So that’s something that you might also want to give a try if you’re into trying things and if you enjoy a good fried dish or two every now and then. It’s not gonna hurt you and then you’ll know what I’m talking about. Korokke daisuki. I love korokke.

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4. Potato sarada

The fourth easy dish that I was gonna share with you is also known as potato salad or potato sarada. And there’s a couple ways that you can make this. One is to do a replacement or substitution of the potatoes in a traditional potato salad or Japanese-style potato salad. So maybe for ingredients, you could do 25% okara and maybe 75% potatoes, or you could do 50/50, which is my favorite ratio. And your potato salad will taste quite similar to the potato salad that it would have been if you use 100% potatoes. Alternatively, you can do 100% okara and see how you enjoy that.

Because okara has already been extracted from a lot of its flavor components to make soy milk, it is very delicate in flavor and tends to take on seasoning pretty easily, which is why it can be used in so many different recipes. And potato salad or okara sarada is one way that you can also enjoy reusing your okara.

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5. Baked goods

The fifth way that you might want to repurpose your okara is to use it in some sort of baked goods. There are many different easy recipes that you can repurpose your okara. You might have seen some of my videos on making okara cookies, as well as okara cake, okara muffins, okara biscotti, and some of these other recipes that you can simply put in a little bit of okara to add a little bit more nutritional value, a little bit more protein and fiber, and a little bit more moisture and density. That’s what the okara will do to your baked goods. Those are a few examples of baked goods that I personally enjoy and I make every now and then with my okara.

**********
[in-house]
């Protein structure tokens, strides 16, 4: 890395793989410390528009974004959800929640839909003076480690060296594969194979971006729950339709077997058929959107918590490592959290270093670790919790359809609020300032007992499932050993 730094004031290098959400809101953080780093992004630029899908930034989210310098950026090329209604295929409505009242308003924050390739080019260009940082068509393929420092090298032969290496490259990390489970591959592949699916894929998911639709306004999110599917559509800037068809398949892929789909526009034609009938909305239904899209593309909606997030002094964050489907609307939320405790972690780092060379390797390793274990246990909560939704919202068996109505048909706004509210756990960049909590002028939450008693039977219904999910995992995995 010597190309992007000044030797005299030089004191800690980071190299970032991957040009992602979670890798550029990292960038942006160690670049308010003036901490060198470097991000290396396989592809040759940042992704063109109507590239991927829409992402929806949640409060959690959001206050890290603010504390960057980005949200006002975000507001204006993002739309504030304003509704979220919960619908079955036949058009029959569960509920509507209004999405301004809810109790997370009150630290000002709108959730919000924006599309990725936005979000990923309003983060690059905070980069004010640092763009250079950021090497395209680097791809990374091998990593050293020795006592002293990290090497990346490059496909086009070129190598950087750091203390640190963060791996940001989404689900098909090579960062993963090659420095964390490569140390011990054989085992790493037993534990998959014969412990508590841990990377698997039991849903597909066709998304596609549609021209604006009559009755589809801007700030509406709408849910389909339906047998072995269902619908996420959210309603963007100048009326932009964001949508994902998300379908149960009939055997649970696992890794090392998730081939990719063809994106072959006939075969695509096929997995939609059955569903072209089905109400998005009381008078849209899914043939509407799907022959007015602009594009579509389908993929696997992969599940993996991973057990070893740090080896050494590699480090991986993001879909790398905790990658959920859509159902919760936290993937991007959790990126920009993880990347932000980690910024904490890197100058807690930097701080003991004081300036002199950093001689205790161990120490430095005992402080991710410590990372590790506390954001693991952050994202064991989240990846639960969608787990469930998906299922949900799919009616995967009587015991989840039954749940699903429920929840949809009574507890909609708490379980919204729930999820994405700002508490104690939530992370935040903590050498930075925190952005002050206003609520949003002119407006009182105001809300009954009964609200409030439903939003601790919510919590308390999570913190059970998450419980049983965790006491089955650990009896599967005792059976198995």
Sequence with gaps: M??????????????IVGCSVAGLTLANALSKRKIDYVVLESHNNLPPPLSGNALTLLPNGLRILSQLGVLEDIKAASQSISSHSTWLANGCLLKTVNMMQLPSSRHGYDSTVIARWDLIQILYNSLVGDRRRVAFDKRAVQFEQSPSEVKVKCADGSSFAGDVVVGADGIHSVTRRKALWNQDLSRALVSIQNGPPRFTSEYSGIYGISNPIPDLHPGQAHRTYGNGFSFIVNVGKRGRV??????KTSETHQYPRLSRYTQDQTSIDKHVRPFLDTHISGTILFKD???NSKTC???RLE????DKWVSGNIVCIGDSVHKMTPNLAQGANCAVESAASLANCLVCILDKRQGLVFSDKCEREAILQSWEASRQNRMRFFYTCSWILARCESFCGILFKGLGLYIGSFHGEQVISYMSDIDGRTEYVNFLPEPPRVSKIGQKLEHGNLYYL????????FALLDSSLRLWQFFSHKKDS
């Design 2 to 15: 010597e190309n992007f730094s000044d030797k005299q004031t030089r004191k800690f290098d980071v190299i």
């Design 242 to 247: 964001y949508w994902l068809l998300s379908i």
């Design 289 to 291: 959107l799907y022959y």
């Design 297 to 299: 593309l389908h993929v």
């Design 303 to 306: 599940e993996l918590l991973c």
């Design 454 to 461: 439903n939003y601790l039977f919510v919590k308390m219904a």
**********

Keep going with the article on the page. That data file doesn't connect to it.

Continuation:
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Konnichiwa! (Hello!) I'm Pat Tokuyama, a Japanese tofu cookbook author, who travels for music, food, and adventure. If you like Japanese tea, checkout some of the newestorganic japanese tea, matcha bowls and noren and more!

** Curious about the Plant Based Japanese Cooking Club? ** Learn more here!


How to preserve your okara?

You might be wondering if you have a bunch of okara, you’re not exactly sure or ready to use it just yet, how can you preserve it so that it doesn’t go bad. Well, there are actually two different ways that you can preserve your okara so that it maintains its freshness.

One is to freeze it. As soon as you’re done making your soy milk, put it into a freezer ziploc bag and freeze it. Try to use within a few weeks so it doesn’t get freezer-burned and it’ll be as good as new.

The second way is to microwave it and dehydrate it completely. So this takes a little bit more work, but the end result is going to be sort of like a panko, which is like a Japanese bread crumb. The texture is going to be very crumbly, very dry, and you can actually use it in a variety of baked goods or rehydrate it for something else.

So those are two ways that you can actually preserve your okara if you’re not ready to use it right away, both of which I have tried and are very effective in maintaining the freshness. So let me know what you guys think about that.

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If you have any other ideas or tips, suggestions for preserving your okara, or repurposing it for a Japanese dish or other non-Japanese recipes, I’d be curious to see what you guys have experienced and what you’ve experimented with. Let me know in the comments below and let me know if you’re going to be trying one of these five recipes, which one you’ll be trying first.

See you then.

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Konnichiwa! (Hello!) I'm Pat Tokuyama, a Japanese tofu cookbook author, who travels for music, food, and adventure. If you like Japanese tea, checkout some of the newestorganic japanese tea, matcha bowls and noren and more!

** Curious about the Plant Based Japanese Cooking Club? ** Learn more here!